When we lived in our old house, there was a road I took daily that I would jokingly say should have been named after me. I said this because of the frequency of my vehicle on this particular road. I used it to take my kids to school, there and back in the morning. Then again, there and back midmorning for the preschool pickup and there and back again at the afternoon pickup for my oldest. Six times a day, my dirty black suburban could be seen on this winding road!! It was exhausting and I started to hate that road with a passion. The road itself was beautiful with its trees and its curves, but it was annoyingly predictable. Continue reading “The Road that Led to My Son – Haiti Adoption Story”
We know there have been a lot of changes in adoption recently.
Country programs are changing their eligibility requirements, the profile of children coming home is changing and it is easy to feel overwhelmed and give up.
One thing that isn’t changing, though, is the need. There are still so many kids who have been deprived of the love and protection that only a permanent family can provide. Each child is waiting for a family, and our mission is to find loving parents for those children.
Could you be the family that a child is waiting for?
If you are just in the beginning stages of adoption and aren’t sure what to do next — or if you are ready to move forward — talk to our adoption advisor, Caitlin Howe! She can give you free information with no strings attached — helping you learn more about adoption or guiding you through the first steps of the process.
Through job skills training and support, single moms in Haiti work hard to create a better life for themselves and their children, sometimes in the most wonderfully unexpected of ways…
Julia Joseph Julien squats near the wall and mixes plaster in her small yellow bucket. Her black hair pulled back in tight braids and a colorful barrette, she scoops then spreads the mixture onto a ceramic tile and carefully places it on the wall, making a tight row.
The Haitian sun is hot. This is hard work, and she is the only woman doing it.
But she is smiling — she is so proud. As a single mom, she knows that these new skills will change her life and change her children’s future.
“So many single moms are taking care of children and unable to work or be trained to work because of that,” says Mike Noah, director of services for Holt’s Africa and Haiti programs. “Some moms said they were in despair for the future, not sure how they would get food or care for their children.”
Holt’s Korea program continues to be one of our most stable and predictable adoption programs. While they wait for adoptive families, most children in Korea live with foster families, which provide the attentive, nurturing care they need to reach developmental milestones. Families in process to adopt also receive excellent medical information and frequent updates about their child. Most of the children who need families in Korea are younger with minor special needs. There are more boys than girls, and a family will need to be open to either gender. Could a child be waiting for you in Korea?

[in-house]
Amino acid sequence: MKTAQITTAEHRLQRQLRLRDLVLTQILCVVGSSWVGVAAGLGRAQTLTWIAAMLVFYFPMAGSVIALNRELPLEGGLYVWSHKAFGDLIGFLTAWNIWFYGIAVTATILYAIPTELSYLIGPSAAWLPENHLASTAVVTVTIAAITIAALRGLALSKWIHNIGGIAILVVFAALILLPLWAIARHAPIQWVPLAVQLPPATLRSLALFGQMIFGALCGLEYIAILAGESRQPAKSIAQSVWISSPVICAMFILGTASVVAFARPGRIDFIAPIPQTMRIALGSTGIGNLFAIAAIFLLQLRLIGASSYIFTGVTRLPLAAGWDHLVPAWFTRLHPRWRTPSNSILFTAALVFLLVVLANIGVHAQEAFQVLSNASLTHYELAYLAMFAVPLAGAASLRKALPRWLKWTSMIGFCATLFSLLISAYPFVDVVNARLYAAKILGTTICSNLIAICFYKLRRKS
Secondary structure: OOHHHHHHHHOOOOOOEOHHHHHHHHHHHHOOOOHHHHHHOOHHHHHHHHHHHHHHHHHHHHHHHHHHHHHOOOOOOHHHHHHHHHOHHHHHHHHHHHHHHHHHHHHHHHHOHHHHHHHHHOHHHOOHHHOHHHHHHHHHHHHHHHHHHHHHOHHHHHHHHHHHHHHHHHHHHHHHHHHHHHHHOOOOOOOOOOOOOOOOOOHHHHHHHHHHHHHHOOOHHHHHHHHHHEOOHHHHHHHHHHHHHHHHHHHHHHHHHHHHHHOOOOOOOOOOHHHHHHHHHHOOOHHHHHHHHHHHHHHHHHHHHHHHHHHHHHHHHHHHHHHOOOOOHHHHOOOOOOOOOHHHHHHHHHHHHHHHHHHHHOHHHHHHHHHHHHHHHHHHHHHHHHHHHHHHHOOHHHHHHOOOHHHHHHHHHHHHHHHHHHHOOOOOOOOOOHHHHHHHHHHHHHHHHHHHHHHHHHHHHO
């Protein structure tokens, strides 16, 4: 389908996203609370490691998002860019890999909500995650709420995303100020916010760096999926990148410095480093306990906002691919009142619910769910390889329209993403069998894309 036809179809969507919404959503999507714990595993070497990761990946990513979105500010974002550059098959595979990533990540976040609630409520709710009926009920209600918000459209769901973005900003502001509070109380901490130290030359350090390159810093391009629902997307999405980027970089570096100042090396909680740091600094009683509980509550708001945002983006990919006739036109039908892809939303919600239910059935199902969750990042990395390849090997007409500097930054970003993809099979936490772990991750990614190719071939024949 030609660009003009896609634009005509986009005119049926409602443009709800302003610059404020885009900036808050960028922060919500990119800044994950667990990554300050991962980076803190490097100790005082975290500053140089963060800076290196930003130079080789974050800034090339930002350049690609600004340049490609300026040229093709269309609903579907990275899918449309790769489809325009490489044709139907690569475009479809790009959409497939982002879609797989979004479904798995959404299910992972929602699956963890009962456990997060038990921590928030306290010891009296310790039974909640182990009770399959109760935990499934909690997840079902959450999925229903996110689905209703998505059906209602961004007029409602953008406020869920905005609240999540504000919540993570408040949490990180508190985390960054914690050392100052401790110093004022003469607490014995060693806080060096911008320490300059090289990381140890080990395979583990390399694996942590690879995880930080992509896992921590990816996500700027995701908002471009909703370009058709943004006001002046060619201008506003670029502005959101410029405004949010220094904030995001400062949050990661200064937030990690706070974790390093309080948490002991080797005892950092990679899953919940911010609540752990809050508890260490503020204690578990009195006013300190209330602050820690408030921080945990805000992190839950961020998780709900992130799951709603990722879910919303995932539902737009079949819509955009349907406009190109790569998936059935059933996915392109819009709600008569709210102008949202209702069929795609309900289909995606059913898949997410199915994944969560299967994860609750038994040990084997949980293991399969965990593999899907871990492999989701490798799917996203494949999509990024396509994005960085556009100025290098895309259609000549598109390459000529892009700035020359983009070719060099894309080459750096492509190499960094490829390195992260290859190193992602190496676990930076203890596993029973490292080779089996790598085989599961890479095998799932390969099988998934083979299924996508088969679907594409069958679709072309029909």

At the beginning of November, to kick off National Adoption Month, we shared a collage of all the children on our waiting child photolisting — just a small glimpse of the hundreds of children who we are seeking families for at any given time. We hoped it would kindle a passion in our supporters to help advocate for children who need loving families of their own. And it did!
You shared our waiting child stories. You reposted our advocacy blogs. You helped us tell the story behind each and every photo that we featured on social media during National Adoption Month.
The photo above represents the number of children from our photolisting that we have — thanks in part to your advocacy — matched with families so far in 2016. The black and white blocks represent the children who now are, or soon will be, part of a loving and secure family. The ones in color represent the children who we still need your help advocating for.
In total this year, Holt has matched 86 children from the photolisting — and another 200+ directly with a family! This is something to celebrate!
But we seek a world where every child has a loving and secure home. And until that day comes, we intend to keep working hard to advocate for the children left behind — and we ask you to join us.
One of the best ways that you can support our advocacy efforts is through sharing the stories we post about waiting children. That can be anything from pressing “like” or “share” on Facebook to leading an informational meeting in your community. Creativity is encouraged and we look forward to hearing what you come up with!
Thank you again for your heart and compassion for children who need families. Allied with you, we can achieve anything!